Koh Hong

March is the smokiest time of the year in northern Thailand, and many residents of Chiang Mai choose to travel to another region. We have been busy getting settled in, but the urgency of getting a dose of fresh air–and our love of the sea– overtakes other concerns. Off to Krabi Province, in the clear-skied (but very hot) south.

We loved Ao Nang beach on our previous visit, so that was the base of stay this week. Great sunsets… and seafood in the local restaurants, including the biggest oysters I’ve ever seen.

oysters

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Nearby Railey Beach is a “hot spot” for visitors; it’s accessible only by long-tail boat. Indeed, the water is clear, and perfect for swimming. The scenery is fantastic, with dramatic cliffs on all sides, and jungle vegetation (discretely contained by private guesthouses) bordering the sand. Still, not the great experience I expected. Crowded, with no access to shade–not even a beach umbrella concession?–and the constant roar of taxi-boats coming and going resounds off the cliffs, ruining any enjoyment of the natural setting.

So I’m dedicating this post to the best feature of this visit.  Our big outing is a boat tour to Koh Hong, about a 45-minute trip by longtail boat from Ao Nang’s marina. The bay is dotted with little islets of karst, making the whole journey quite scenic.

Koh Hong has an actual lagoon,accessed by a narrow chink in the cliff. A nice safe swimming or kayaking site  (but full of tour boats) at high tide; a flat of exposed rocks at low tide,

After a short stop for lunch, the tour boat moors at a popular swimming beach. A few of us–the “outsiders”, I guess, who don’t want to be around the crowd–take off in kayaks. Paddling through the idyllic scenic waters, for more remote beaches.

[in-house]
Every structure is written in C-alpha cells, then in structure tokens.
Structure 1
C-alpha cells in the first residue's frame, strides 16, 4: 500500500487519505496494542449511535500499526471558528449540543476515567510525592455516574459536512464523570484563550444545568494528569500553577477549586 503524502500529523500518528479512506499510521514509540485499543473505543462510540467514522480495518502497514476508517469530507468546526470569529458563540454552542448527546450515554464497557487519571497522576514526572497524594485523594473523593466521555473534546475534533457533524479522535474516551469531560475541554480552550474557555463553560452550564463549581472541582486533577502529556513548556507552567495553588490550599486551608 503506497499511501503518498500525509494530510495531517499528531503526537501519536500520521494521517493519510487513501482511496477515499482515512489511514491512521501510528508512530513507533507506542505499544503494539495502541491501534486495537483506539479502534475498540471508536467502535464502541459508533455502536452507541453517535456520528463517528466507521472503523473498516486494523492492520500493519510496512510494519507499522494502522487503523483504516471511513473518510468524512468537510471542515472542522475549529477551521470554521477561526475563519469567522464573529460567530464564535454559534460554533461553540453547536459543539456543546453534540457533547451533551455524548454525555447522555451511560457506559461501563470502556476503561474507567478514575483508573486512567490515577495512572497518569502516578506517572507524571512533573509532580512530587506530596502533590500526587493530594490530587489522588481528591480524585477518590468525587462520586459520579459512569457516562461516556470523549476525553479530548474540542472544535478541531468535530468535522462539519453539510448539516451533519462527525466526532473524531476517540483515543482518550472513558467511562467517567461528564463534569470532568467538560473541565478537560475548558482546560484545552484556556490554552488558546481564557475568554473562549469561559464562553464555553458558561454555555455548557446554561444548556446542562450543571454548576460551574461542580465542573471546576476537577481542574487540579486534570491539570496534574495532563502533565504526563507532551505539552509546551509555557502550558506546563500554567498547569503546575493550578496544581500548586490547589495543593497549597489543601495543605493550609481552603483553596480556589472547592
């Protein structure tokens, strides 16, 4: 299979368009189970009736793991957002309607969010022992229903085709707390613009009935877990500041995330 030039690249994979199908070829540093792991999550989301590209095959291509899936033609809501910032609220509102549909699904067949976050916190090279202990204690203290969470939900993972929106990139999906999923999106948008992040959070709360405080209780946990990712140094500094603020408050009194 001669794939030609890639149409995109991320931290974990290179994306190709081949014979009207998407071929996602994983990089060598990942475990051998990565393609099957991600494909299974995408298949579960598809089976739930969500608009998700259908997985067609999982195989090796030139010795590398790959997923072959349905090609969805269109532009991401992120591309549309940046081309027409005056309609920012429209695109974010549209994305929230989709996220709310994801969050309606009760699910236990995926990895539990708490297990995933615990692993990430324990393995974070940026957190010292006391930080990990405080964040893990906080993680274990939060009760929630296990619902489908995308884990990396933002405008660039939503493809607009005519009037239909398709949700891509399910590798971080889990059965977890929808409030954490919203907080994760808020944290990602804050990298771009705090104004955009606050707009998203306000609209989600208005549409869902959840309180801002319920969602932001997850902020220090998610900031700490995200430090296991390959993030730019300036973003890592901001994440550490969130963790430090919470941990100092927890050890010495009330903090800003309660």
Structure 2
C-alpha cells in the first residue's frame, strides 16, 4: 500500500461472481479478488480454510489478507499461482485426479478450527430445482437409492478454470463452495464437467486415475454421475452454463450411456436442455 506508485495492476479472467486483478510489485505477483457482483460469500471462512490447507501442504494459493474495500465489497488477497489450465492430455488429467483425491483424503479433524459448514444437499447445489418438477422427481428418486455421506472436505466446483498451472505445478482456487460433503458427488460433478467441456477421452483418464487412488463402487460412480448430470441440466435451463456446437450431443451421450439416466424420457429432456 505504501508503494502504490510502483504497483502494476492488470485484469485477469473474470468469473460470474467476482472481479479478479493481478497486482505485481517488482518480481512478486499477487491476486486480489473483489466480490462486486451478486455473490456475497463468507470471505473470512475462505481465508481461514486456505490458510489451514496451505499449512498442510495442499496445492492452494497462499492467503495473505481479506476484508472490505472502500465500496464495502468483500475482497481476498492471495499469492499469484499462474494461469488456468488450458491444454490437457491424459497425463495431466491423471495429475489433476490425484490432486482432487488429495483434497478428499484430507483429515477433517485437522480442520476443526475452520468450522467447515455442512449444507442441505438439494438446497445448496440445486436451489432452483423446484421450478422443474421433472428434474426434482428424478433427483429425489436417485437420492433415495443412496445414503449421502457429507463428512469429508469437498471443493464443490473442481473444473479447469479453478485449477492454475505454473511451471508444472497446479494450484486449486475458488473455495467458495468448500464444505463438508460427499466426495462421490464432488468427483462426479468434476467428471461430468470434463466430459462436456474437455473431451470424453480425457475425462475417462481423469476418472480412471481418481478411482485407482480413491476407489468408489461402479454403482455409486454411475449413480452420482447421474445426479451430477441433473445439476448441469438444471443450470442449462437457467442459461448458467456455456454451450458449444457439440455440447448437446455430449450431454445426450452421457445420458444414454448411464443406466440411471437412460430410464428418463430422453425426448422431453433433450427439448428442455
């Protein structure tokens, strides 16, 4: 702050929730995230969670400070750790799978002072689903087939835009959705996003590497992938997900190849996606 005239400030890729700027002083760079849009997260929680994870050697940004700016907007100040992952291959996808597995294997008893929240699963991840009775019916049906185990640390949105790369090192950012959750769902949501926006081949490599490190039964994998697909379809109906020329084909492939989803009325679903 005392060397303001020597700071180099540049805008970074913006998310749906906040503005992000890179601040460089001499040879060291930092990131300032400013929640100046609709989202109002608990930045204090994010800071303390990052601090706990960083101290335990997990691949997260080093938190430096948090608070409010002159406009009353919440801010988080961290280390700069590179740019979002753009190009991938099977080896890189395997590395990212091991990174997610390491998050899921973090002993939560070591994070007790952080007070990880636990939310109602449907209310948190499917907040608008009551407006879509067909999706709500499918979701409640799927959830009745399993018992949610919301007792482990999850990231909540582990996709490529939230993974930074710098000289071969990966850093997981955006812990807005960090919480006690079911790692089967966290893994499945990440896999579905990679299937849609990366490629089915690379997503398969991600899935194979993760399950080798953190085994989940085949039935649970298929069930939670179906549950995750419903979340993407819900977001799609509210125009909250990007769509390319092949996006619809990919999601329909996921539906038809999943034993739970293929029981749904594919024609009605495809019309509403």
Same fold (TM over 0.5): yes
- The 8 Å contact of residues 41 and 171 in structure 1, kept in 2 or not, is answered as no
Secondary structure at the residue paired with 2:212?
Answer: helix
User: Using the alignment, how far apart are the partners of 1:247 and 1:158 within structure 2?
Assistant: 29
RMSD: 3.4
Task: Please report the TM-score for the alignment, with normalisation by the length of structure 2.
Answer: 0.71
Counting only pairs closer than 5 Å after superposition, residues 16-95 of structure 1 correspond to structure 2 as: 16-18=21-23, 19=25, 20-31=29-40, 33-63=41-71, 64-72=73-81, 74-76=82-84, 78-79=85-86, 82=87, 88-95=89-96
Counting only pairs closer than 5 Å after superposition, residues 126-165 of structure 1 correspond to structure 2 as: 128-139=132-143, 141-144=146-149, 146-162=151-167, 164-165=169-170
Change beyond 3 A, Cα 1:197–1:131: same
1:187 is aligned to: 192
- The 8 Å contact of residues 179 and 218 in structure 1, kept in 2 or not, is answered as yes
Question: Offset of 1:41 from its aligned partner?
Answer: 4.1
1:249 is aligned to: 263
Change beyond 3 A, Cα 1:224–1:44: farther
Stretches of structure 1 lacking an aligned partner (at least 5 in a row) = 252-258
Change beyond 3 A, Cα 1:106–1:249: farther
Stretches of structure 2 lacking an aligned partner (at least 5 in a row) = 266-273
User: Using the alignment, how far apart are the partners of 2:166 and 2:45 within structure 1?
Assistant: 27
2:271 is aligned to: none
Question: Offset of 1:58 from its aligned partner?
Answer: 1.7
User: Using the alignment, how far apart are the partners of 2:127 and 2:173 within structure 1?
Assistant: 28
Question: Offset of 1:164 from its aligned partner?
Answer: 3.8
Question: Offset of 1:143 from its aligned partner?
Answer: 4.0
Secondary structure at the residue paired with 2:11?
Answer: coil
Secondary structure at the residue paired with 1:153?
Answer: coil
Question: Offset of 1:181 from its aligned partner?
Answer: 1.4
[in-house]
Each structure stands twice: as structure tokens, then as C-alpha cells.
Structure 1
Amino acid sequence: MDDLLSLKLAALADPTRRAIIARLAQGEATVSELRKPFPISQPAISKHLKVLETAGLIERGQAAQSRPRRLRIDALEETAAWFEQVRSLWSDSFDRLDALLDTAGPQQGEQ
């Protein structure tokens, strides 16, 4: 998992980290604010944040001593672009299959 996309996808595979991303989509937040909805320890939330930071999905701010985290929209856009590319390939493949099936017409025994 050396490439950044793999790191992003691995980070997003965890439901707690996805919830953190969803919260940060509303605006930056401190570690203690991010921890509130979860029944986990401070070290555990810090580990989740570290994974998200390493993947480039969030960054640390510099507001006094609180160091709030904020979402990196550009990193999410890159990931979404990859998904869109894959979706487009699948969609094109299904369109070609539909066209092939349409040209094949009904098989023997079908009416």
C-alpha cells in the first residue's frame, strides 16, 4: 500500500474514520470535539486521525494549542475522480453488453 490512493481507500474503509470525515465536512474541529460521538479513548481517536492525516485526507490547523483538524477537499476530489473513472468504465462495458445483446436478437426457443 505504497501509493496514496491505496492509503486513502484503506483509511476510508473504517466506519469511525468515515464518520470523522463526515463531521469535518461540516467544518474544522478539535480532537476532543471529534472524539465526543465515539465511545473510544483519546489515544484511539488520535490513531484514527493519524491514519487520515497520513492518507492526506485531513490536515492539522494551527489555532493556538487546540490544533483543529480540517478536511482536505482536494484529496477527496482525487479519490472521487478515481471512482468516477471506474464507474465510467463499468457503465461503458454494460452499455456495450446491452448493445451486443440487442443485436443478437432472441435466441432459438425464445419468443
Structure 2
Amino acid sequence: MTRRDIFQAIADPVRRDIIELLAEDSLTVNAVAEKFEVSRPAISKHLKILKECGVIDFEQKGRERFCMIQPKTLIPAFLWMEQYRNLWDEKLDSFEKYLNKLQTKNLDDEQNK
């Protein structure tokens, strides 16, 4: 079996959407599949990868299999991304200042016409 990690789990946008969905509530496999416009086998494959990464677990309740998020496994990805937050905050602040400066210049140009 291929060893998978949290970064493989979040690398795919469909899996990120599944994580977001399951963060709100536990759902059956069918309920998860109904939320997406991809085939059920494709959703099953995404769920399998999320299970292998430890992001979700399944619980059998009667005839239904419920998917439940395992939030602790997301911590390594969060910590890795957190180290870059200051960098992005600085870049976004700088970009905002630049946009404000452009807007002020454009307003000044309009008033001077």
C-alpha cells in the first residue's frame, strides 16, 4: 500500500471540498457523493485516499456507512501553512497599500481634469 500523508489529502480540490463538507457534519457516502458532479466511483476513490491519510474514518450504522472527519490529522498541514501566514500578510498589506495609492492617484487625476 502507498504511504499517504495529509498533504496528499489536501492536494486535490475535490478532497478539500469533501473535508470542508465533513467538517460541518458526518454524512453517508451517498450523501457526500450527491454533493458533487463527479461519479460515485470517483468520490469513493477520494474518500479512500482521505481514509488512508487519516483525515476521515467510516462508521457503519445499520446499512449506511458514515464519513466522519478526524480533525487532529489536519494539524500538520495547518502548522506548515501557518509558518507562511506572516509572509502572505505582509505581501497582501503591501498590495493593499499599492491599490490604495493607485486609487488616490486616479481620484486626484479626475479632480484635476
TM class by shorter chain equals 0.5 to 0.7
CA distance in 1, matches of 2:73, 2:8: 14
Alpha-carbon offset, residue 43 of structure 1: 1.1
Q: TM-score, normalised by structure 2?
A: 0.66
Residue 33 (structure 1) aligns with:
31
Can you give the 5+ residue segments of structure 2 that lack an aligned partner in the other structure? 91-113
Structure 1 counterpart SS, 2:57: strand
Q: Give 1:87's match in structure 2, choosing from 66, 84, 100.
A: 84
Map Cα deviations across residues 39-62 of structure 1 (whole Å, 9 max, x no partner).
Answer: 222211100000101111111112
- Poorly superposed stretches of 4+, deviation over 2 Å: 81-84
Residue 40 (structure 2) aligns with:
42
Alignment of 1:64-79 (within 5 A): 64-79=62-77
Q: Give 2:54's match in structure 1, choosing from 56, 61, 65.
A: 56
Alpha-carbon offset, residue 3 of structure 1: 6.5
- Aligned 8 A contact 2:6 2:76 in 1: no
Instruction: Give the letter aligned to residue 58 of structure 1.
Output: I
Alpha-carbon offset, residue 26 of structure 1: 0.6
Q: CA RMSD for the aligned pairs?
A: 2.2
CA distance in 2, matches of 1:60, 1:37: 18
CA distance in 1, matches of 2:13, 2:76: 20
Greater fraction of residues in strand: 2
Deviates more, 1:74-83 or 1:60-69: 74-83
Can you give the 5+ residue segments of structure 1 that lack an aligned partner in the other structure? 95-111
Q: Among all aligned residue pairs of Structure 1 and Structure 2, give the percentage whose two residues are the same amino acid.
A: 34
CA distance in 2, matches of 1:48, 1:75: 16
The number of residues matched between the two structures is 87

Esso and I are not strong paddlers, and after 20 minutes we have had enough. We find a beautiful, secluded beach, and settle in to enjoy a little quiet time.

Esso goes off to explore the cliff, and suddenly I see it–a dark spot that looks like the iconic “bat cave”. Not because bats live there (possible but unlikely), but because of the shape it forms on the cliff face. Getting closer only confirms the impression.

How cool is that?

One thought on “Koh Hong

  1. Funny Alan, I was just in that region last week. Didn’t go to Hong, but a couple of other little islands in Phang Nga Bay, each with a central lagoon only accessible by kayaking through sea caves at low tide. I bet there are indeed bats living in that “bat cave”. There were plenty of them in the caves we paddled through. That kayak tour was a top feature of my trip to Phuket. Glad you and Esso got to have a similar experience!

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